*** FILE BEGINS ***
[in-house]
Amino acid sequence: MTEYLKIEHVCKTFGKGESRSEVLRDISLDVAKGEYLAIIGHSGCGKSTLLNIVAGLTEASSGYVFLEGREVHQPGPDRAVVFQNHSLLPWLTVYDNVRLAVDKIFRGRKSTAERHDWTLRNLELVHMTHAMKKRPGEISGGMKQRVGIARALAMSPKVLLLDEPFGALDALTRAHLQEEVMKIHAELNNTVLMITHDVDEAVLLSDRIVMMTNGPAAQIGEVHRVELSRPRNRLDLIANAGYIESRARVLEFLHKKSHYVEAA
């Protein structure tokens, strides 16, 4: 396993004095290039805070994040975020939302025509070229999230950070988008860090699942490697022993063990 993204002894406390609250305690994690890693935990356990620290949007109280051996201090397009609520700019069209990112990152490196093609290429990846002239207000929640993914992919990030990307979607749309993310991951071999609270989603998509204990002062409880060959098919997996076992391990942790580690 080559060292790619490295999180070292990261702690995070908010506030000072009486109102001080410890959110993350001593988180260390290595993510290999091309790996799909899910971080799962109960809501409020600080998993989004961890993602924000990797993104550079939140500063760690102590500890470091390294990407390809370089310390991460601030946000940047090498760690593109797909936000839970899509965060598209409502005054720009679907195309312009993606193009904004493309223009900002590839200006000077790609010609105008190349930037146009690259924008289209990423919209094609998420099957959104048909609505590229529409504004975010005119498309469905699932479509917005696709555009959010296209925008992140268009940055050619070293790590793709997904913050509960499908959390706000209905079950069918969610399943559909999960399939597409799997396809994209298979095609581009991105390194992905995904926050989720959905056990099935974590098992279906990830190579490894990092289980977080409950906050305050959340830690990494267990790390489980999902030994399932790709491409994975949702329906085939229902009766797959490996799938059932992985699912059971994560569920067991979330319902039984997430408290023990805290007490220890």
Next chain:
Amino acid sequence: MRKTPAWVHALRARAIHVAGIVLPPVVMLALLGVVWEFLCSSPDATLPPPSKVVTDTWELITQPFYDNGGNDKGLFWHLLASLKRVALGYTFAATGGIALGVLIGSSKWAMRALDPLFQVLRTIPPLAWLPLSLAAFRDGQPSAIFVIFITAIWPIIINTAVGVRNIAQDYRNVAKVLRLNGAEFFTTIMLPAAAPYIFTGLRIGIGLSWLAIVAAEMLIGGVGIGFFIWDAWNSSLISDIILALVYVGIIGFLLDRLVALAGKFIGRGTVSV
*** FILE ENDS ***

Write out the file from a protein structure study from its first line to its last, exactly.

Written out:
[in-house]
Amino acid sequence: MTEYLKIEHVCKTFGKGESRSEVLRDISLDVAKGEYLAIIGHSGCGKSTLLNIVAGLTEASSGYVFLEGREVHQPGPDRAVVFQNHSLLPWLTVYDNVRLAVDKIFRGRKSTAERHDWTLRNLELVHMTHAMKKRPGEISGGMKQRVGIARALAMSPKVLLLDEPFGALDALTRAHLQEEVMKIHAELNNTVLMITHDVDEAVLLSDRIVMMTNGPAAQIGEVHRVELSRPRNRLDLIANAGYIESRARVLEFLHKKSHYVEAA
């Protein structure tokens, strides 16, 4: 396993004095290039805070994040975020939302025509070229999230950070988008860090699942490697022993063990 993204002894406390609250305690994690890693935990356990620290949007109280051996201090397009609520700019069209990112990152490196093609290429990846002239207000929640993914992919990030990307979607749309993310991951071999609270989603998509204990002062409880060959098919997996076992391990942790580690 080559060292790619490295999180070292990261702690995070908010506030000072009486109102001080410890959110993350001593988180260390290595993510290999091309790996799909899910971080799962109960809501409020600080998993989004961890993602924000990797993104550079939140500063760690102590500890470091390294990407390809370089310390991460601030946000940047090498760690593109797909936000839970899509965060598209409502005054720009679907195309312009993606193009904004493309223009900002590839200006000077790609010609105008190349930037146009690259924008289209990423919209094609998420099957959104048909609505590229529409504004975010005119498309469905699932479509917005696709555009959010296209925008992140268009940055050619070293790590793709997904913050509960499908959390706000209905079950069918969610399943559909999960399939597409799997396809994209298979095609581009991105390194992905995904926050989720959905056990099935974590098992279906990830190579490894990092289980977080409950906050305050959340830690990494267990790390489980999902030994399932790709491409994975949702329906085939229902009766797959490996799938059932992985699912059971994560569920067991979330319902039984997430408290023990805290007490220890």
Next chain:
Amino acid sequence: MRKTPAWVHALRARAIHVAGIVLPPVVMLALLGVVWEFLCSSPDATLPPPSKVVTDTWELITQPFYDNGGNDKGLFWHLLASLKRVALGYTFAATGGIALGVLIGSSKWAMRALDPLFQVLRTIPPLAWLPLSLAAFRDGQPSAIFVIFITAIWPIIINTAVGVRNIAQDYRNVAKVLRLNGAEFFTTIMLPAAAPYIFTGLRIGIGLSWLAIVAAEMLIGGVGIGFFIWDAWNSSLISDIILALVYVGIIGFLLDRLVALAGKFIGRGTVSV